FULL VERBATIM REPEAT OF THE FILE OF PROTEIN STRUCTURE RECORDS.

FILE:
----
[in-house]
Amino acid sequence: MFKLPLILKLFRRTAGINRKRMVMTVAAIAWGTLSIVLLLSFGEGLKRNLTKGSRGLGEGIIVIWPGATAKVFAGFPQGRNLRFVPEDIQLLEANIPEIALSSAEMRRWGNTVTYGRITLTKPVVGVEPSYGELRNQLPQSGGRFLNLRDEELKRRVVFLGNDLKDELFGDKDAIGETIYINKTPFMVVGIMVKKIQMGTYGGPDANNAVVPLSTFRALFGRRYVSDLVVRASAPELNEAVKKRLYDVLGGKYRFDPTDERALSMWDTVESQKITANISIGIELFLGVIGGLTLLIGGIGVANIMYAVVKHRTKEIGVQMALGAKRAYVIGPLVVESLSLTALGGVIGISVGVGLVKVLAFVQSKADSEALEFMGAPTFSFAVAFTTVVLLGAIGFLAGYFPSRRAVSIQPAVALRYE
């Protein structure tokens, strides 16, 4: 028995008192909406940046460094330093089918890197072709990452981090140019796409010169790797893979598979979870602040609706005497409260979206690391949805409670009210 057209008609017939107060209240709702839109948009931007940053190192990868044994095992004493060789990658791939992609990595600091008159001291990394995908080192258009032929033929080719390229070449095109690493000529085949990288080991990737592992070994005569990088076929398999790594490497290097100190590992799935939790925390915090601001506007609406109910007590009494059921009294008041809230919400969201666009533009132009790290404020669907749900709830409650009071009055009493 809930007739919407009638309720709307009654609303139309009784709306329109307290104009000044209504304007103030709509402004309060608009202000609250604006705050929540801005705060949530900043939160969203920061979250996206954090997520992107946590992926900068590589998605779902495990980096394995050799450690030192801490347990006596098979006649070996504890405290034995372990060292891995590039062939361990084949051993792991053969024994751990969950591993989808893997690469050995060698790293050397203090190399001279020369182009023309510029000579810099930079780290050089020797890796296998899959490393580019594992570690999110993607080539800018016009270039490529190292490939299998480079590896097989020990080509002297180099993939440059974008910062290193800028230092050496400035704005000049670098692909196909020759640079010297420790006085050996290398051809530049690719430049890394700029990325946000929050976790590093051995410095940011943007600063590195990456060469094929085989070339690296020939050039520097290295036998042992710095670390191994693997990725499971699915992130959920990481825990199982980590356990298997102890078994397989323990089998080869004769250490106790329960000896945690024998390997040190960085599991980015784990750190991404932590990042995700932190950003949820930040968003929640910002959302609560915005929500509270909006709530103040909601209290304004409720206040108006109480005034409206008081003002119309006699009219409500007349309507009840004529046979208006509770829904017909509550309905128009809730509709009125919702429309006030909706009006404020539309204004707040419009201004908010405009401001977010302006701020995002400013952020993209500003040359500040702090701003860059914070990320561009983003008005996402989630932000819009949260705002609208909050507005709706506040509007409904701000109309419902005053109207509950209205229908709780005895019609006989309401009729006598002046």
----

[in-house]
Amino acid sequence: MFKLPLILKLFRRTAGINRKRMVMTVAAIAWGTLSIVLLLSFGEGLKRNLTKGSRGLGEGIIVIWPGATAKVFAGFPQGRNLRFVPEDIQLLEANIPEIALSSAEMRRWGNTVTYGRITLTKPVVGVEPSYGELRNQLPQSGGRFLNLRDEELKRRVVFLGNDLKDELFGDKDAIGETIYINKTPFMVVGIMVKKIQMGTYGGPDANNAVVPLSTFRALFGRRYVSDLVVRASAPELNEAVKKRLYDVLGGKYRFDPTDERALSMWDTVESQKITANISIGIELFLGVIGGLTLLIGGIGVANIMYAVVKHRTKEIGVQMALGAKRAYVIGPLVVESLSLTALGGVIGISVGVGLVKVLAFVQSKADSEALEFMGAPTFSFAVAFTTVVLLGAIGFLAGYFPSRRAVSIQPAVALRYE
């Protein structure tokens, strides 16, 4: 028995008192909406940046460094330093089918890197072709990452981090140019796409010169790797893979598979979870602040609706005497409260979206690391949805409670009210 057209008609017939107060209240709702839109948009931007940053190192990868044994095992004493060789990658791939992609990595600091008159001291990394995908080192258009032929033929080719390229070449095109690493000529085949990288080991990737592992070994005569990088076929398999790594490497290097100190590992799935939790925390915090601001506007609406109910007590009494059921009294008041809230919400969201666009533009132009790290404020669907749900709830409650009071009055009493 809930007739919407009638309720709307009654609303139309009784709306329109307290104009000044209504304007103030709509402004309060608009202000609250604006705050929540801005705060949530900043939160969203920061979250996206954090997520992107946590992926900068590589998605779902495990980096394995050799450690030192801490347990006596098979006649070996504890405290034995372990060292891995590039062939361990084949051993792991053969024994751990969950591993989808893997690469050995060698790293050397203090190399001279020369182009023309510029000579810099930079780290050089020797890796296998899959490393580019594992570690999110993607080539800018016009270039490529190292490939299998480079590896097989020990080509002297180099993939440059974008910062290193800028230092050496400035704005000049670098692909196909020759640079010297420790006085050996290398051809530049690719430049890394700029990325946000929050976790590093051995410095940011943007600063590195990456060469094929085989070339690296020939050039520097290295036998042992710095670390191994693997990725499971699915992130959920990481825990199982980590356990298997102890078994397989323990089998080869004769250490106790329960000896945690024998390997040190960085599991980015784990750190991404932590990042995700932190950003949820930040968003929640910002959302609560915005929500509270909006709530103040909601209290304004409720206040108006109480005034409206008081003002119309006699009219409500007349309507009840004529046979208006509770829904017909509550309905128009809730509709009125919702429309006030909706009006404020539309204004707040419009201004908010405009401001977010302006701020995002400013952020993209500003040359500040702090701003860059914070990320561009983003008005996402989630932000819009949260705002609208909050507005709706506040509007409904701000109309419902005053109207509950209205229908709780005895019609006989309401009729006598002046």